Mumford Senior Takes Unique Route To Basketball Success

29 Jun

IMG_0822It’s not too often a high school basketball player’s first organized competition is at the varsity level.

Nor is it too often the case a player on their first year of varsity averages double-figures in scoring while dishing five assists per-game.

Detroit Mumford senior guard Dwight Burton is no ordinary player.

In the ever-expanding basketball world of placing the nation’s youth into leagues before the start of elementary school, Burton never did experience those luxuries.  He never played “house” basketball, or traveled as a member of an AAU team until sophomore year.  So which begs the question, what was Burton doing before that caused him to become so good?

“Nothing really,” says Burton.  “Just playing with my brothers and a Fisher Price rim my mom bought me.  I used to act like I was in the NBA.  But that’s really it until my tenth grade year.”

From his youth, Dwight wanted to be a member of a basketball team, growing up with brothers who played at the high school level.  Dwight envisioned himself one day forging a path of his own in the game of basketball, but was hesitant on where to start.

While playing in a mere pick-up game with friends at a Church event, an AAU coach noticed a special set of abilities which separated Dwight from his peers, and wanted him to play organized basketball for the first time in his life.

IMG_0823From then on, Burton was a member of the Michigan Hurricanes, who in the last 20 years have been one of the select youth traveling programs in Michigan.  Burton was in the ninth grade at the time, and played 15u.  He notes his first two games on the circuit were particularly rough, even causing him to question was basketball really a career he wanted to pursue.

“I played terrible, I played nervous my first two organized games, but after that third game is when everything started picking up,” said Burton.

“I had a talk with my mom, she told me it’s time to eat son.  ‘You said you were ready to play with the big boys.  I know you can play with them it’s just you have to know that.'”

Dwight listened.  Burton stood out, his team won games, and competed for tournament championships, life was good.  Because of his stellar play on the circuit, the Hurricane 16u coach at the time, Ray Reeves, grew akin to Burton’s game.  Reeves, well-respected in the Detroit prep basketball community with successful stints at Finney and Community, had just accepted the position as the head coach at Mumford High School.  Coach Reeves believed Burton was the ideal center piece he could use to rebuild an ailing Mustang program.  Another stepping-point in Burton’s young career had commenced, transferring from a small charter school on the eastside to a school across the city.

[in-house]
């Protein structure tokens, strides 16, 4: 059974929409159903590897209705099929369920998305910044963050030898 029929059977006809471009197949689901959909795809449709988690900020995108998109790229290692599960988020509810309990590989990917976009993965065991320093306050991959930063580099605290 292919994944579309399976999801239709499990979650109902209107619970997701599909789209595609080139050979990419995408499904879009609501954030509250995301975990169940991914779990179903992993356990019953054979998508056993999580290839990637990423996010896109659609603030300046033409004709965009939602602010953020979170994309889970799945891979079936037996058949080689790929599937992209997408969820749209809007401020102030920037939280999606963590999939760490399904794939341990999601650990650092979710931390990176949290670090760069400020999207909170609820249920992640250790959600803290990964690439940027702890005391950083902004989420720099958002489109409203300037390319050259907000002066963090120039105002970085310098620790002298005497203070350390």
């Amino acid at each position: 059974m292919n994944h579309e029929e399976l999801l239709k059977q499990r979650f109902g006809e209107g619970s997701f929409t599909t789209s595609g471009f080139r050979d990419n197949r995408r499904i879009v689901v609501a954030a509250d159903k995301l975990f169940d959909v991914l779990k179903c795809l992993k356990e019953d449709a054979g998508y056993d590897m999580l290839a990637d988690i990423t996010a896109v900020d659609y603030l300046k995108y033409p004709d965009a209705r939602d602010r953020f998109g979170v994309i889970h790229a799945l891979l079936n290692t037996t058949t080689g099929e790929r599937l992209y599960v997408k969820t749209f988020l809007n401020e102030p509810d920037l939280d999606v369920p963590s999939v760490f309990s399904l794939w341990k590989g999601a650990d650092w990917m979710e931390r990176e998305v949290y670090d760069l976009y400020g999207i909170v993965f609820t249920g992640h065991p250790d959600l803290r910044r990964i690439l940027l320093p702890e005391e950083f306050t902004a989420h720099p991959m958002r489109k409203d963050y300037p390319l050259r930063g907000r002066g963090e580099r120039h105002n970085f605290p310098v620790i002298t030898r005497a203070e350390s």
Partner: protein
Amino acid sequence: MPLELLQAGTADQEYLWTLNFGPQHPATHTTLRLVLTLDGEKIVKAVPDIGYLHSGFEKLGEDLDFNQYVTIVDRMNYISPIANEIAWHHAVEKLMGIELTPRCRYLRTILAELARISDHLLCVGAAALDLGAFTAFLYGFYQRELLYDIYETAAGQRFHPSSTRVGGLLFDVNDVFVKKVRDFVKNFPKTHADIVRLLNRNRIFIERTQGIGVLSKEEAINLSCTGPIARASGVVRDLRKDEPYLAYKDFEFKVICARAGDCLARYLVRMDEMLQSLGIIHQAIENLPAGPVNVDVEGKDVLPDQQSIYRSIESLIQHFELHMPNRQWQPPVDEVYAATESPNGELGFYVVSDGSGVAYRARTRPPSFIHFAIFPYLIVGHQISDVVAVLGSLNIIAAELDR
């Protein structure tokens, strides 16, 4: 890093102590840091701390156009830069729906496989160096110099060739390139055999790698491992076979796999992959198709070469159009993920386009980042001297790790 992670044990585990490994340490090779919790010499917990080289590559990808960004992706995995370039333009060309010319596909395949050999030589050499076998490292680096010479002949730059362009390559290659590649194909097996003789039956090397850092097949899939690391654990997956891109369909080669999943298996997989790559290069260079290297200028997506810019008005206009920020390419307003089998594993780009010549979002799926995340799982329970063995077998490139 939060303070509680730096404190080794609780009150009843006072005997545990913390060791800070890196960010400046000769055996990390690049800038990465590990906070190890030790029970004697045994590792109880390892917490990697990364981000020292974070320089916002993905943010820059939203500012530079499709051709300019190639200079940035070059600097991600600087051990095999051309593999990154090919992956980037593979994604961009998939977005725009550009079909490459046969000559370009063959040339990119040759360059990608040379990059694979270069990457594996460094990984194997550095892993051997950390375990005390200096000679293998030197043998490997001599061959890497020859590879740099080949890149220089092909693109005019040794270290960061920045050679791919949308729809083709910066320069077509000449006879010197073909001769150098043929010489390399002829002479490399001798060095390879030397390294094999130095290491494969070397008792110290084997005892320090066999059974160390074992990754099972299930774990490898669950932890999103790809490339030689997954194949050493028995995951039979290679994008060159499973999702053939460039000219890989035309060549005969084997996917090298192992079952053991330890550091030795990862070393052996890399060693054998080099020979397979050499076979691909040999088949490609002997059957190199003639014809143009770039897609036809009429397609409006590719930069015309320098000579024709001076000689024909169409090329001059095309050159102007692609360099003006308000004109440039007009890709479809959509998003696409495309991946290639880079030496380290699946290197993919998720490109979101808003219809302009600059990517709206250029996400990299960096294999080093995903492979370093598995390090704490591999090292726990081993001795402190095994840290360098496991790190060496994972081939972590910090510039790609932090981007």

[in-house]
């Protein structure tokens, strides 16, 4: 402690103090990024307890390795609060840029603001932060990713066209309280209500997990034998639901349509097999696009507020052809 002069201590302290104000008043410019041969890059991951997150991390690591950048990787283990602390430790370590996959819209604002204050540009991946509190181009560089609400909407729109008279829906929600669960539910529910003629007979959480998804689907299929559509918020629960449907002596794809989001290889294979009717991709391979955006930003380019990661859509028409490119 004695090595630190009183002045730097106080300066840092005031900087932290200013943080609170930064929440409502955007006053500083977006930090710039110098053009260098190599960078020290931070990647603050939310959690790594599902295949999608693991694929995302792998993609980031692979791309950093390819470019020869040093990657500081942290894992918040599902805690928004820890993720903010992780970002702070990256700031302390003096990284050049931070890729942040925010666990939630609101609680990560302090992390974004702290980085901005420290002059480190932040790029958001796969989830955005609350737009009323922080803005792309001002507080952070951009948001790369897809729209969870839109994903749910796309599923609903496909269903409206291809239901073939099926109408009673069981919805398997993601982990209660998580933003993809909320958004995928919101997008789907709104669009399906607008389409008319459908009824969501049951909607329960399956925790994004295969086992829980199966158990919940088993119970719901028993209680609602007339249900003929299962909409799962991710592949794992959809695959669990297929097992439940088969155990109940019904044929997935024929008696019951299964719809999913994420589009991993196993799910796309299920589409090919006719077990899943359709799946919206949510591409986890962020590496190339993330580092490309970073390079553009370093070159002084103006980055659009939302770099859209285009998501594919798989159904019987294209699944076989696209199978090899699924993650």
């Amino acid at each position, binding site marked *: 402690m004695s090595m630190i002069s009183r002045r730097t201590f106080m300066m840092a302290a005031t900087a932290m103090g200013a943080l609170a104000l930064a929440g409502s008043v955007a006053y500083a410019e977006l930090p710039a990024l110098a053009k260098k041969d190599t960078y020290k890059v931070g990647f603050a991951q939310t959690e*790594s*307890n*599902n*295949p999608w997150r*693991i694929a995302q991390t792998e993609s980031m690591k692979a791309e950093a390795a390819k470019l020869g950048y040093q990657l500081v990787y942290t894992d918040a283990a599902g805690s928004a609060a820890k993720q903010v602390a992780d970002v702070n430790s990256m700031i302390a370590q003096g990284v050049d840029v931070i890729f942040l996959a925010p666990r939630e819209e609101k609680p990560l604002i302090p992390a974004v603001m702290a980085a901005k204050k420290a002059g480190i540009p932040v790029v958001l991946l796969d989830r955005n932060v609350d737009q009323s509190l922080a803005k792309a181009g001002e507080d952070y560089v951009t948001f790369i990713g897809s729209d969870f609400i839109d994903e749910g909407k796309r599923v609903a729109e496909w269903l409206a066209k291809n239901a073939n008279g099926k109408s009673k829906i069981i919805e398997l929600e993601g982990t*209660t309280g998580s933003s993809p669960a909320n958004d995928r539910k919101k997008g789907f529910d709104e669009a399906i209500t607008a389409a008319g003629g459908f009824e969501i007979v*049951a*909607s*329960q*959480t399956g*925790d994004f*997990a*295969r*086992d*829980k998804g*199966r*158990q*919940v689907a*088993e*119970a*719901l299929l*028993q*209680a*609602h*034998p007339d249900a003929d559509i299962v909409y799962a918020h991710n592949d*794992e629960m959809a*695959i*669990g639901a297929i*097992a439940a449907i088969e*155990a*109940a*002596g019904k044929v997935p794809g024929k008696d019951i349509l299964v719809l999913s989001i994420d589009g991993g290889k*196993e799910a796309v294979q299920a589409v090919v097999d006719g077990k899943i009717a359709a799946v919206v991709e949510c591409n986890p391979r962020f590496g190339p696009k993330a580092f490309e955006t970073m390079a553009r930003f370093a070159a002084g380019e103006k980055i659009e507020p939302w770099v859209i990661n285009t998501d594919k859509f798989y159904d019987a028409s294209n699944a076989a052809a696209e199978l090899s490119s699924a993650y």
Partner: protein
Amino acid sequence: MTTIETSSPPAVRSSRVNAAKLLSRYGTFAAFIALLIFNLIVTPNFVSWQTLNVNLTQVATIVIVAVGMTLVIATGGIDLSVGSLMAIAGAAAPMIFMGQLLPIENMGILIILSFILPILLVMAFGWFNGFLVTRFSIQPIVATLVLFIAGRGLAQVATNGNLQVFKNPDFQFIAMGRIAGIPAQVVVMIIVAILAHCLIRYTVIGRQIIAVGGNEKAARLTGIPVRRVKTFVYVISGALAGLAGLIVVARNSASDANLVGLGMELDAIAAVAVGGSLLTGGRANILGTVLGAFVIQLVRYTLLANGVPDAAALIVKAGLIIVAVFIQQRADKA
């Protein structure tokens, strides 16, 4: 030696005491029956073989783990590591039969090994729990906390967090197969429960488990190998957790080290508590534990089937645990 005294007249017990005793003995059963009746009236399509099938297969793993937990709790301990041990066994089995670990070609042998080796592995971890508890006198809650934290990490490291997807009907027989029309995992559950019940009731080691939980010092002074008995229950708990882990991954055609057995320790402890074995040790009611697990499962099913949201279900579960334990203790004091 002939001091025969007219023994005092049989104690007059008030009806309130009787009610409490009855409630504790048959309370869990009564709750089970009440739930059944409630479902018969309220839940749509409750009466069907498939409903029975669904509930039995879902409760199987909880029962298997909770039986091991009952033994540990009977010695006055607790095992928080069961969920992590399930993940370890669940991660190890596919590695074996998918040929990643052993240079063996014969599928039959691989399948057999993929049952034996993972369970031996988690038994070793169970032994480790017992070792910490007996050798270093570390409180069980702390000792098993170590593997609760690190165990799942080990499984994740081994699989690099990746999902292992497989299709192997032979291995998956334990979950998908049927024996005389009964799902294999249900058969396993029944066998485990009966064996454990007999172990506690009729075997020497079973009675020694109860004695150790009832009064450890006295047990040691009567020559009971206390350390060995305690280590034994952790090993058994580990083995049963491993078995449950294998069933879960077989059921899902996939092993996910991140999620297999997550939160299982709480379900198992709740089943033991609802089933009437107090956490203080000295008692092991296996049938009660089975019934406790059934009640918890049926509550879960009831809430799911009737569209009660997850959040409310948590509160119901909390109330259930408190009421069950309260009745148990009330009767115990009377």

Burton admits he shed tears following his first varsity game at Mumford because of poor play.  But as the season developed, he slowly started to gain confidence.  He became a valued member of a Mustang team which doubled their win total from a season earlier, six to 12, while averaging 15 points and five assists in the process.  All as the lone sophomore on varsity.

Burton followed his stellar 10th grade year with an even more impressive junior campaign.  22 overall points and seven assists, all with no recognition about post-season awards.

“(It) pushes me a lot,” said Burton.  “Even though there are players that get more exposure than me, I have to work hard everyday.  If I don’t work on and off the court, I’m not going to be able to when when the lights are on a and it’s game time.  I have to outwork them.”

He no longer competes with the Hurricanes for AAU, but is in his first year as a Michigan Playmaker.  Burton was a late addition to an already talented Playmaker roster, but his presence has lifted the team to another level.  In his first tournament, the Playmakers won the championship, undefeated with a 6-0 overall record.  Dwight averaged double-figures in each game.  Then in his second tournament, Burton proved himself as one of premier guards in all of Michigan.  In victories against 1Nation, Detroit Showtime, and Grand Rapids Storm, all teams with more highly-touted guards, Burton more than held his own, averaging double-digits repeatedly.  In the last major event of the Spring circuit, Dwight saved the best for last.  6-1 record at the Chicago Classic, silver division champions, and 25 points in the championship game.

Still Burton has found limited collegiate interest, despite holding a reported 3.4 GPA his previous card-marking.  Dwight vows to make the most of his final month of AAU in July, which college coaches may view with intentions of recruiting players.  With tournaments scheduled in Grand Rapids, Cincinnati, and possibly Las Vegas, Dwight will soon recognize how far he’s come in so little amount of time, in life and basketball.

“That God is good, I came from not being known to now making a name for myself,” said Burton.  “If you work hard at something you love it will pay out in the end.”









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